28 U.S.C. § 2403; Fed. R. Civ. P. 51(b). The court also afforded the parties time to further addressthese issues which are clearly dispositive of the merits of the injunctive relief sought. See
Orders
of October 2, 2008 (Docket Nos. 135 and 136). The Attorney General duly responded to the Court’scertification order (Docket No. 144), as did the plaintiffs (Docket No. 148).
2
Before addressing plaintiffs’ contentions, however, it is essential to first provide some background on the Medicaid “wraparound” statute as it pertains to Puerto Rico.
I.
The Medicaid Wraparound Statute and its Applicability to Puerto Rico
The Medicaid program, 42 U.S.C. § 1396
et. seq
., begun in 1965, is jointly supported withfederal and state funds and directly administered by state governments. Its purpose is to providemedical assistance to indigent families with dependent children, as well as indigent disabled, blind,and aged individuals. Río Grande Community Health Center, Inc. v. Rullán, 397 F. 3d 56, 61 (1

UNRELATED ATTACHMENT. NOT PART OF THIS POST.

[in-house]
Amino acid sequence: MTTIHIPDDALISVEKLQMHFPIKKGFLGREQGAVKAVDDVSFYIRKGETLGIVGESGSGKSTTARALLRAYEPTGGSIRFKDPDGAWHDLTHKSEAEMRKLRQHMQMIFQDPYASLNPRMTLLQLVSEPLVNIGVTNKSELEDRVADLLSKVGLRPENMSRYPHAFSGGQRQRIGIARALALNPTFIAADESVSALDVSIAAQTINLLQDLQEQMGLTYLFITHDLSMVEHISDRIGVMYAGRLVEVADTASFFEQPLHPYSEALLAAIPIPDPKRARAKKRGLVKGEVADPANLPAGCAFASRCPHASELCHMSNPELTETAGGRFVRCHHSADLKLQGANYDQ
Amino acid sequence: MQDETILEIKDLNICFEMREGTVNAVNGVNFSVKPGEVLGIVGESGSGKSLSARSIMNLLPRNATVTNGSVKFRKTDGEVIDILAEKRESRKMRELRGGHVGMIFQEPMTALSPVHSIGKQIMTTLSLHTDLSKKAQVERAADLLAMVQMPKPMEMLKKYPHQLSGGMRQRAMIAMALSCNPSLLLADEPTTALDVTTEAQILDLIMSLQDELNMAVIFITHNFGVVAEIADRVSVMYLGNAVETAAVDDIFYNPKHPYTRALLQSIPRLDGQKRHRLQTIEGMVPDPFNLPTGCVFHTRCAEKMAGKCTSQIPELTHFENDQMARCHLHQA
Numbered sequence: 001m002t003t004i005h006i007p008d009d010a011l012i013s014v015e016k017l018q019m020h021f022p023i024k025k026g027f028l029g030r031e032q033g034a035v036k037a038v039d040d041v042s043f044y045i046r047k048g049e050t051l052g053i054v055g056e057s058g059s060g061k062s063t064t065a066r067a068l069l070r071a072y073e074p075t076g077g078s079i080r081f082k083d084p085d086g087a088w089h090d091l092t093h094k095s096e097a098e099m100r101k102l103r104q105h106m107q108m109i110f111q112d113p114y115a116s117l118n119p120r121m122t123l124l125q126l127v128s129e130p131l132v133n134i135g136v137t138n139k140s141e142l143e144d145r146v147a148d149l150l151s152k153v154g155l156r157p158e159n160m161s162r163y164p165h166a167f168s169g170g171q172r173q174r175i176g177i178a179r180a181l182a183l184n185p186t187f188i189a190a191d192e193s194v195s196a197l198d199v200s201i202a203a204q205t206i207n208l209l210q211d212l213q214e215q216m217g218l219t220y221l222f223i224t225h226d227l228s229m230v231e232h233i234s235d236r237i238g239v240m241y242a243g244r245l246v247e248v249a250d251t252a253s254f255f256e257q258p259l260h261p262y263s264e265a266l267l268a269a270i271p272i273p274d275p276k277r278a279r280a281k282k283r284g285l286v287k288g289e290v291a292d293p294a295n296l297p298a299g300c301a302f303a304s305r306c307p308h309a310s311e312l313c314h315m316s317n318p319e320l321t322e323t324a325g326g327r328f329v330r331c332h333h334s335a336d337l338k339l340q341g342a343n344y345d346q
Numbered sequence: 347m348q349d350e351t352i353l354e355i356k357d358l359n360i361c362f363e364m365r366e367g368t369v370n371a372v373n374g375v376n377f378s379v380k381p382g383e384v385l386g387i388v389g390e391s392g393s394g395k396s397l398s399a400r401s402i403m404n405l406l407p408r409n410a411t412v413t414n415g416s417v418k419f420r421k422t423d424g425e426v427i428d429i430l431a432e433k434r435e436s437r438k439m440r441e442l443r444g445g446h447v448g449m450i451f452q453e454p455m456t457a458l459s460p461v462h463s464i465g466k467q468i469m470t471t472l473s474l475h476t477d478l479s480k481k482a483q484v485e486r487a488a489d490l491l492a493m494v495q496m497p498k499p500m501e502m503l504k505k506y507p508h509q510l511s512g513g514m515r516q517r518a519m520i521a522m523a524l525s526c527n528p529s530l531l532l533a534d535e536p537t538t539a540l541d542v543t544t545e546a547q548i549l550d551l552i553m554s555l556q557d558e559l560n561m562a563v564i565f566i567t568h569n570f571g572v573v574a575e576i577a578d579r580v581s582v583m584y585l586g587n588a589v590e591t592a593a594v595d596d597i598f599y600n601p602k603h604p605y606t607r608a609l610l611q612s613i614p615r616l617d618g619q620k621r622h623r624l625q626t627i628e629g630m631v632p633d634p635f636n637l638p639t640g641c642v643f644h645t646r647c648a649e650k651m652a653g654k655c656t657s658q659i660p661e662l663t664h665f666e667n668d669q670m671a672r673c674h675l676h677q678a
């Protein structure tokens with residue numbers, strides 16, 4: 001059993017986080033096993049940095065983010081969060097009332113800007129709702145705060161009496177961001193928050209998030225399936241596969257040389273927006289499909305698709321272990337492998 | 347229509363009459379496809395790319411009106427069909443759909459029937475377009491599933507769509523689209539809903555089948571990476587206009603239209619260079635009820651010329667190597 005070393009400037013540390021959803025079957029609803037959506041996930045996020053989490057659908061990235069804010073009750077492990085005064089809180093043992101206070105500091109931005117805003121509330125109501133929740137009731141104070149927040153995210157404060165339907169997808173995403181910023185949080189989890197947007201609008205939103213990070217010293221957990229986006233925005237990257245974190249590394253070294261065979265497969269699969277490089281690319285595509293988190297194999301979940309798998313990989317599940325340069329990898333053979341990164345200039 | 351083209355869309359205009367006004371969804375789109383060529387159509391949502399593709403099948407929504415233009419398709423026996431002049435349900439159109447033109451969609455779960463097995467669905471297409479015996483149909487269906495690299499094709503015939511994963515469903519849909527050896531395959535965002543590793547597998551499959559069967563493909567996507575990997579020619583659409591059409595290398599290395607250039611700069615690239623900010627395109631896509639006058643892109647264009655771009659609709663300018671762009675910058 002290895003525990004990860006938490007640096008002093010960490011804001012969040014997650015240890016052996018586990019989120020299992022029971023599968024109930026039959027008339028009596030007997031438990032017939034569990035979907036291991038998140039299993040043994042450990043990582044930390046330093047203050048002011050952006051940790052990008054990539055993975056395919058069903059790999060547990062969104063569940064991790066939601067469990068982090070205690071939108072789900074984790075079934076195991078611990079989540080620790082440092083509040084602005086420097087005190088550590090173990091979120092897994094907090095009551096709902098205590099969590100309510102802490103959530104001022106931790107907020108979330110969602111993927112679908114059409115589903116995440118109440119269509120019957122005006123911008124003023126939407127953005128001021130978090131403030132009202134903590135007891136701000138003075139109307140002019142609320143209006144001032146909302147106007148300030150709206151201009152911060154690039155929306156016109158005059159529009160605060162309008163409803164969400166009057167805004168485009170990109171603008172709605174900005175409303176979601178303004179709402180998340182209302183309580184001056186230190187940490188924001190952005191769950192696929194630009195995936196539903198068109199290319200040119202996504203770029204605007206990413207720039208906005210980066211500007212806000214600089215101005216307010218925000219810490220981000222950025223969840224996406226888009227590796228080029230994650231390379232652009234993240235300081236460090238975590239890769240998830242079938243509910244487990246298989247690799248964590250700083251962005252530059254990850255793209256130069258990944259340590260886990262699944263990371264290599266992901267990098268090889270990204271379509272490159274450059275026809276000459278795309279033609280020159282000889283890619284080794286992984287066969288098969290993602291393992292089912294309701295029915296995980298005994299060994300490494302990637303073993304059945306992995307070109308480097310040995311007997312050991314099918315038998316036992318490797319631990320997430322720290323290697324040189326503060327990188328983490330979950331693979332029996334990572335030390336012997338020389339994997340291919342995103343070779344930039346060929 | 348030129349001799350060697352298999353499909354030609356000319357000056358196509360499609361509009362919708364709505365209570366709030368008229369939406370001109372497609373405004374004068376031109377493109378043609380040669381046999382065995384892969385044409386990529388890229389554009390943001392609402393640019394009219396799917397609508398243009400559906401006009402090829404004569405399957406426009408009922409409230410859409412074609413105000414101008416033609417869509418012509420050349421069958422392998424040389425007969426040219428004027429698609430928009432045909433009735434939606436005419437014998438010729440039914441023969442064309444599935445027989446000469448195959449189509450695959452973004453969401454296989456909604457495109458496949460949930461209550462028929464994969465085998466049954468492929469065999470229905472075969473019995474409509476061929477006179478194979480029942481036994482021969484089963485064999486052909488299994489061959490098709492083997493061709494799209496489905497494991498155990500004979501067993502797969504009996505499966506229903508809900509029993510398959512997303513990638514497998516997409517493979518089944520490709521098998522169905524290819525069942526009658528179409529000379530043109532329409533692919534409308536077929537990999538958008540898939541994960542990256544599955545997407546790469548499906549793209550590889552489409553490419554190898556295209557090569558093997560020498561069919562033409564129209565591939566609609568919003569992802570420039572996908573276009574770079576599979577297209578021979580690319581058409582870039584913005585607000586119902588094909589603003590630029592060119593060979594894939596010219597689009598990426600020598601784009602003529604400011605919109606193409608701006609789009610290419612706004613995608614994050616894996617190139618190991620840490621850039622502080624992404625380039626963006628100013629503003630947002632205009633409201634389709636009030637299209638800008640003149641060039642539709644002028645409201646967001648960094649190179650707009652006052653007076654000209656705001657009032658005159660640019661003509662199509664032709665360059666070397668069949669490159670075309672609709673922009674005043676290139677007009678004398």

st
The court notes that the two consolidated cases at hand are presently not the only
1
“wraparound” payment litigation cases in this district where these same constitutional issues have been raised. See also Atlantic Medical Center, Inc. v. Commonwealth of Puerto Rico, 06-1291(GAG) (Docket No. 398 at 24-27).The Attorney General does not address the merits of the constitutional arguments. Rather,
2